Appeal from the Appellate Court for the Fourth District; heard
in that court on appeal from the Circuit Court of Vermilion
County; the Hon. James K. Robinson, Judge, presiding.
MR. JUSTICE WARD DELIVERED THE OPINION OF THE COURT:
The defendant, Henry King, was found guilty of aggravated battery, unlawful use of a weapon and reckless conduct following a jury trial in the circuit court of Vermilion County, but the record shows he was sentenced only for the aggravated battery. The sentence was for imprisonment for a term of not less than 2 nor more than 5 years. The appellate court reversed the conviction and remanded for a new trial (22 Ill. App.3d 66), and we granted the People's petition for leave to appeal.
On the evening of July 2, 1971, the defendant was involved in a scuffle in a parking lot with Roy McGrown. A few hours later he went to the After Hours Club, a tavern in Danville. McGrown entered the tavern a short time later and sat at a booth with his sister, Toni McGrown, and some friends. The defendant walked to the table where McGrown was sitting, and shortly thereafter a gunfight broke out between the defendant and Roy McGrown. McGrown, his sister and the defendant were wounded. The defendant was indicted and tried for unlawful use of a weapon, reckless conduct toward and aggravated battery upon Toni McGrown and the attempted murder of and aggravated battery upon Roy McGrown.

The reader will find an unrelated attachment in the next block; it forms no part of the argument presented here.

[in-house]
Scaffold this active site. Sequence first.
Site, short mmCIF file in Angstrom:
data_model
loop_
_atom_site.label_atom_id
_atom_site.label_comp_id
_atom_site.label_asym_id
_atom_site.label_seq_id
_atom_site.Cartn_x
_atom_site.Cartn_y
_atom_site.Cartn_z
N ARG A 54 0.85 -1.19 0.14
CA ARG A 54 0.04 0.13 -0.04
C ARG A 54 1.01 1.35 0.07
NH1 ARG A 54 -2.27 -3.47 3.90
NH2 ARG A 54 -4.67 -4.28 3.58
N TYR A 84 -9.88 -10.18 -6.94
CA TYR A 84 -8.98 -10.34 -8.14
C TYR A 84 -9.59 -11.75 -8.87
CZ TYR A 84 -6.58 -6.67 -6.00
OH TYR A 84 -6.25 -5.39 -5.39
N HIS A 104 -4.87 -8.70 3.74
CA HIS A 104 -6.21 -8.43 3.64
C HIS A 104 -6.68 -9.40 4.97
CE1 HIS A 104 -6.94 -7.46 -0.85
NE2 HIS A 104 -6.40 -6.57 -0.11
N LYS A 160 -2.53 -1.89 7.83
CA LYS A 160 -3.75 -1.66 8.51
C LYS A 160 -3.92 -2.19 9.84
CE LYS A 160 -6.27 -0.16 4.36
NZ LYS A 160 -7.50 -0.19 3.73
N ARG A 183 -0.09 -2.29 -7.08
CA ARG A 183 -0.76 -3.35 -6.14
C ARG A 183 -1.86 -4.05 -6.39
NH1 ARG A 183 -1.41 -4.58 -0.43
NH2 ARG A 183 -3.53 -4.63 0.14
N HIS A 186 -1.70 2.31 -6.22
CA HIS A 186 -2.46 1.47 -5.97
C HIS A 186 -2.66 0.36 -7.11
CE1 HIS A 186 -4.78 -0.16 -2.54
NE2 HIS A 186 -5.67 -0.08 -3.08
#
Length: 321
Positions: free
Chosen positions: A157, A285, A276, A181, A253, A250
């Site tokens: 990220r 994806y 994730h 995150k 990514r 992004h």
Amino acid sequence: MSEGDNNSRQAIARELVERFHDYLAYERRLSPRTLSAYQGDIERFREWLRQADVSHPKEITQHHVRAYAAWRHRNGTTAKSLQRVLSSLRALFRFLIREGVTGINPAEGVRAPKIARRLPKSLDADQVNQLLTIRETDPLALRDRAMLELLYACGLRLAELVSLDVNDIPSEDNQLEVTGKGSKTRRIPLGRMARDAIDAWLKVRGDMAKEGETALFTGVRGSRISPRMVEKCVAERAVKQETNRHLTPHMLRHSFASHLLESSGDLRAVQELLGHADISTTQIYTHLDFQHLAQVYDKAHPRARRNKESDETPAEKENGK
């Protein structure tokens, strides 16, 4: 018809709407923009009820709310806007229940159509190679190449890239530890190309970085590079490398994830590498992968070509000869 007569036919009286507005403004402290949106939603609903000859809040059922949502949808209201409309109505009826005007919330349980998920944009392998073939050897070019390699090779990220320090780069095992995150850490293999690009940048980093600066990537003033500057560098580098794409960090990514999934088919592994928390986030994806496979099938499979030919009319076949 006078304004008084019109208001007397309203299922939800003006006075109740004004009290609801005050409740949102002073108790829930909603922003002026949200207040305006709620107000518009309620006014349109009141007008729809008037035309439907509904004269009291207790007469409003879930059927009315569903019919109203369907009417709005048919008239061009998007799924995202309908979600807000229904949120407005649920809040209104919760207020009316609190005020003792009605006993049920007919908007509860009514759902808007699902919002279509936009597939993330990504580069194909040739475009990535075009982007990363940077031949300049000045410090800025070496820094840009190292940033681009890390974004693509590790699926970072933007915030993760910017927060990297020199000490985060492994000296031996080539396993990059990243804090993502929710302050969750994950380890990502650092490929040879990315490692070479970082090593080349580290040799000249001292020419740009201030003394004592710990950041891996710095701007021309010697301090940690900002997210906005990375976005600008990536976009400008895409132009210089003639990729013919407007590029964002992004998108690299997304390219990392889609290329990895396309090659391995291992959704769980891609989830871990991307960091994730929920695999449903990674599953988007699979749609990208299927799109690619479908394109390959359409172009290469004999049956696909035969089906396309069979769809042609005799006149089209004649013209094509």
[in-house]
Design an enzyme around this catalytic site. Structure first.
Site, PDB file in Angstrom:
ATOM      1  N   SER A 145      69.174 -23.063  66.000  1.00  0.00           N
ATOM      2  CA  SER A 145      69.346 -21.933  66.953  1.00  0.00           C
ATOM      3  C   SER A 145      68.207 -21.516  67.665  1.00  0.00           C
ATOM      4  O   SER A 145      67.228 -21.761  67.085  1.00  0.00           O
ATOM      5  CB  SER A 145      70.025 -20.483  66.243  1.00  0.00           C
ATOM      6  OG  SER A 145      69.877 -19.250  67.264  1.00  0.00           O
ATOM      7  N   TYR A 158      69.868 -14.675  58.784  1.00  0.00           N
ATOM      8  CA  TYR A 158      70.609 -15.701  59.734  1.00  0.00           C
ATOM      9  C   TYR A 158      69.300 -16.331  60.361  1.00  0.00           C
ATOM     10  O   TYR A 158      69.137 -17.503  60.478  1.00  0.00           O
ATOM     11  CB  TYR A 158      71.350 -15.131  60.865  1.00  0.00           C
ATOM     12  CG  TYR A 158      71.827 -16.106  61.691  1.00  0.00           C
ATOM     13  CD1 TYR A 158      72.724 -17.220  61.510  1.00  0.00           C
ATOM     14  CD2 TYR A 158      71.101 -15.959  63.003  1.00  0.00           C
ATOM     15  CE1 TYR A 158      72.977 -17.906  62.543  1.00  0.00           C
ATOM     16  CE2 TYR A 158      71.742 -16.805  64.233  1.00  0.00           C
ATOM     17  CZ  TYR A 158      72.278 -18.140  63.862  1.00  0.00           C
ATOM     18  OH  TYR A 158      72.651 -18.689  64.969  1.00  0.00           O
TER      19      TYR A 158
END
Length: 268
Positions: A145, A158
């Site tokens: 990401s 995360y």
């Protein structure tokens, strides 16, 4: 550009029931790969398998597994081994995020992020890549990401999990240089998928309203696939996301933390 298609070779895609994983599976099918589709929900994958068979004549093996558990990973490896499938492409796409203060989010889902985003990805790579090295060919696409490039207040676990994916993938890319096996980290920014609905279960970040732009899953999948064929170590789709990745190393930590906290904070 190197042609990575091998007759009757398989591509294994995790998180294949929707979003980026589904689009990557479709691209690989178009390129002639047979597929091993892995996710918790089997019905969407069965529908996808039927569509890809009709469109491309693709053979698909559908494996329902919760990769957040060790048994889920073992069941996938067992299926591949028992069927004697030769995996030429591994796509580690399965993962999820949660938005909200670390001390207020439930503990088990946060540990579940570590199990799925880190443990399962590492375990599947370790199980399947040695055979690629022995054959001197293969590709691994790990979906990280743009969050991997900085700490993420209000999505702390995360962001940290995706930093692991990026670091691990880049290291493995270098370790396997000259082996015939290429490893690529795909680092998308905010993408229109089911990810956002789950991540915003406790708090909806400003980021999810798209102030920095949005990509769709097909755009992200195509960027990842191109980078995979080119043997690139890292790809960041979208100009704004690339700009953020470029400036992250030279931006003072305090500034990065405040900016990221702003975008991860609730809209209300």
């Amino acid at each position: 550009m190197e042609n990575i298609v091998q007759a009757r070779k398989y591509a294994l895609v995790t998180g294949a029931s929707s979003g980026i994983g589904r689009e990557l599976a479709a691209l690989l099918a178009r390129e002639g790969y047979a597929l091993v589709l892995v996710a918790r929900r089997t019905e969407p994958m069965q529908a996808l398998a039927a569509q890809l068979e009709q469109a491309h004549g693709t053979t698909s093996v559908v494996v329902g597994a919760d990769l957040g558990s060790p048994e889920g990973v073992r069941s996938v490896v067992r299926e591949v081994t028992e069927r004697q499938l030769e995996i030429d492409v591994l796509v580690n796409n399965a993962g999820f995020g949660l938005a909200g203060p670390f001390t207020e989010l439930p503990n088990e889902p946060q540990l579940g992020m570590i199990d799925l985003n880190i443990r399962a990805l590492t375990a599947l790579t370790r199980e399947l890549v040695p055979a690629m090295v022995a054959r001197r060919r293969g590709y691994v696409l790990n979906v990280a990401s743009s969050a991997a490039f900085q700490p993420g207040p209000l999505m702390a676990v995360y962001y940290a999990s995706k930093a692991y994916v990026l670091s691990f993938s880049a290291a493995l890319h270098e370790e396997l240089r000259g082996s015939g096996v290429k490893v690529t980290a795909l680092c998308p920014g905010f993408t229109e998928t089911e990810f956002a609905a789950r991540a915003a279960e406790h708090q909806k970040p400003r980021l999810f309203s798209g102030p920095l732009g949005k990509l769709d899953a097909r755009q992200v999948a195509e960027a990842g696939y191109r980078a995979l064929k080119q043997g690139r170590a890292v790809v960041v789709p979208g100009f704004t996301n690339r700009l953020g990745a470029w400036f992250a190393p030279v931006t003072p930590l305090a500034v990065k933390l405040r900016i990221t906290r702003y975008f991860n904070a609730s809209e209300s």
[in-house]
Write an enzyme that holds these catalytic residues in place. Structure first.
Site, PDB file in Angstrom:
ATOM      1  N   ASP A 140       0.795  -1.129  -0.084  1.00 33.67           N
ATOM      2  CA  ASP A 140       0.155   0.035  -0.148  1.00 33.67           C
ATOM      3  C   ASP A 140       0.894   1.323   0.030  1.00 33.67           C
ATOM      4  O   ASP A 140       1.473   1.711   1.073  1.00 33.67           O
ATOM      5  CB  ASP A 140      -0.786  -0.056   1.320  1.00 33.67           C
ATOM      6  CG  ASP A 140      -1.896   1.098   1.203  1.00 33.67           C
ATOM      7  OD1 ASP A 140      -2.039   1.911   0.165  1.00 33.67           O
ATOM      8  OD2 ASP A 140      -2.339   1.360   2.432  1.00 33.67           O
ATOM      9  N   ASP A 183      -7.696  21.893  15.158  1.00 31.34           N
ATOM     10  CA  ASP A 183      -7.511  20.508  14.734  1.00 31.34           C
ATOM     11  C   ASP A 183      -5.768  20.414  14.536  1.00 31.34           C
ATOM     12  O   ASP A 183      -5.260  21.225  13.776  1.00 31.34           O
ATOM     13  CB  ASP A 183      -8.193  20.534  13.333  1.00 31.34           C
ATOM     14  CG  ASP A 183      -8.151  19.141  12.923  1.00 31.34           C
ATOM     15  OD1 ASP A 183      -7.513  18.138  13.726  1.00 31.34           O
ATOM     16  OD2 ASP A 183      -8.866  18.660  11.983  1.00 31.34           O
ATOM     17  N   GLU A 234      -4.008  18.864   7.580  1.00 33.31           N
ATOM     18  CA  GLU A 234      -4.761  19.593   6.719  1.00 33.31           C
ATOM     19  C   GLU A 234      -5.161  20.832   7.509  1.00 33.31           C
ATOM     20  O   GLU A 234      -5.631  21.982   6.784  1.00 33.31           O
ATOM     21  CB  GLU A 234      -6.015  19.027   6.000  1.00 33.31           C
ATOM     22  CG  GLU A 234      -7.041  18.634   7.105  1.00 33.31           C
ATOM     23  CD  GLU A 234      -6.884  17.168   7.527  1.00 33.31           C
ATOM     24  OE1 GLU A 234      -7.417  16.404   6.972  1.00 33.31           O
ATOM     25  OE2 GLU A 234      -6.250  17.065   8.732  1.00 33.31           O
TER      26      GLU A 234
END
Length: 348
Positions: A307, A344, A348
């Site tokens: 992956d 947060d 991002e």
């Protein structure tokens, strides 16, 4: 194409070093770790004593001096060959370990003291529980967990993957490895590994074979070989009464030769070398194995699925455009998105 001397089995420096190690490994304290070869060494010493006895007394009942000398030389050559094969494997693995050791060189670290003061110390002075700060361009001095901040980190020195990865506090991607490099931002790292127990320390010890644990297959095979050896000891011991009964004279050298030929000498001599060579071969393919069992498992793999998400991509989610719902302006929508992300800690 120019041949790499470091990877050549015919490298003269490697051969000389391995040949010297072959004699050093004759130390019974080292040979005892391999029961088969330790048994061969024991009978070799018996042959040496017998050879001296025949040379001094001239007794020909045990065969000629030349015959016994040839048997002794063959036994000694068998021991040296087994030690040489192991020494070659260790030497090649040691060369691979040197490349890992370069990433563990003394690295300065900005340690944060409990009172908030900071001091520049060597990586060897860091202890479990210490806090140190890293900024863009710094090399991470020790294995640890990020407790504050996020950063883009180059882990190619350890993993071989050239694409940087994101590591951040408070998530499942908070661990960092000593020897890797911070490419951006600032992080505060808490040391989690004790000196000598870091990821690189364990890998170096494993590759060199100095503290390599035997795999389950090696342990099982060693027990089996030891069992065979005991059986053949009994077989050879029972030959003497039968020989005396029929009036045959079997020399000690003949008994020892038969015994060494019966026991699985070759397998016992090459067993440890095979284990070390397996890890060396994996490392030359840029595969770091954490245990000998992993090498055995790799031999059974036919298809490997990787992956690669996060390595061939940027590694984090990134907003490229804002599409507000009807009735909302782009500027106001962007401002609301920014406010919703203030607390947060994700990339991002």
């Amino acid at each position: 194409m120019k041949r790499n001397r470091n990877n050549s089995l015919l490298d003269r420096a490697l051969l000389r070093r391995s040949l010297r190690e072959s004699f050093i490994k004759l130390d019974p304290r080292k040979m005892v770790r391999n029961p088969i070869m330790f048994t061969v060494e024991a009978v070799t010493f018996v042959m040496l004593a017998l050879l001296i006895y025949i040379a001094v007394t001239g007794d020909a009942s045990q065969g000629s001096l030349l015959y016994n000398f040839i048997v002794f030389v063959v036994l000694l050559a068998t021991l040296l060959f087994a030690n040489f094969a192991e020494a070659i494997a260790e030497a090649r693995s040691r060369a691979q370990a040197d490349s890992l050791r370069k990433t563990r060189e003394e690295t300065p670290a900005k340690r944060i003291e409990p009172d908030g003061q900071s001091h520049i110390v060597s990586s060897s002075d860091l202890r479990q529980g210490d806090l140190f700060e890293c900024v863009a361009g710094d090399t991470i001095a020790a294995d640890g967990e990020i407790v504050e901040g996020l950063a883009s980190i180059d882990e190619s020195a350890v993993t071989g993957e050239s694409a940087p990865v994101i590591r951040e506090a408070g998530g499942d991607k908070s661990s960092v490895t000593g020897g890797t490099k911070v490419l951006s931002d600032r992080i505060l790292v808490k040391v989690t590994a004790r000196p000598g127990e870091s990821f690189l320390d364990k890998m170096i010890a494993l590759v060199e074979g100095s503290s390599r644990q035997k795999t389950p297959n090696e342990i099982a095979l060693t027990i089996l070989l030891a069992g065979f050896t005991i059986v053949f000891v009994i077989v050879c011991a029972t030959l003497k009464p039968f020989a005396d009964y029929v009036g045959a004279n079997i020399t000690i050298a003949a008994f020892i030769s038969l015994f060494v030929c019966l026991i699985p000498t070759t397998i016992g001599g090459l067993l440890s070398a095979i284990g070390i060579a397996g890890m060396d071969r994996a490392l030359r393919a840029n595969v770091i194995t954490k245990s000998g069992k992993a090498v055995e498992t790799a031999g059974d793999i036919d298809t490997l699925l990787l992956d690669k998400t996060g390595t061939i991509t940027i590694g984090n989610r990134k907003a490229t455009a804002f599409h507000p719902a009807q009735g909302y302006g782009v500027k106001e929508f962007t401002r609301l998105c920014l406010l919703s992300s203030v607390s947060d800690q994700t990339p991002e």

The evidence at trial was conflicting as to what had occurred at the booth prior to the shooting and as to who had fired the first shot. The defendant testified that Roy McGrown had fired first and that he had then fired in self-defense. On cross-examination the prosecution, for the obvious purpose of impeachment, began to question the defendant as to a statement he had allegedly given two Danville police officers at the hospital where he had been taken for treatment after the shooting. According to the statement, he had told the officers that he did not know who had shot him, that he did not know if Roy McGrown had had a gun, and that he, the defendant, did not have a gun at the time. The defendant objected to the questioning, claiming that the statement was taken while he was under sedation and that it was not voluntarily given. His objection, however, was overruled. On rebuttal a police officer testified to the taking of the statement from the defendant. The trial court admitted into evidence that portion of the statement which was inconsistent with the defendant's testimony, and stated that as a confession was not involved it did not have to find that the defendant's statement was a voluntary one. The court should have determined whether the statement was voluntary before admitting it into evidence, and the appellate court correctly decided it was error for it to have done so. (People v. Lefler, 38 Ill.2d 216, 220.) After holding that the trial court had erred, the appellate court reversed the judgment of conviction and remanded for a new trial.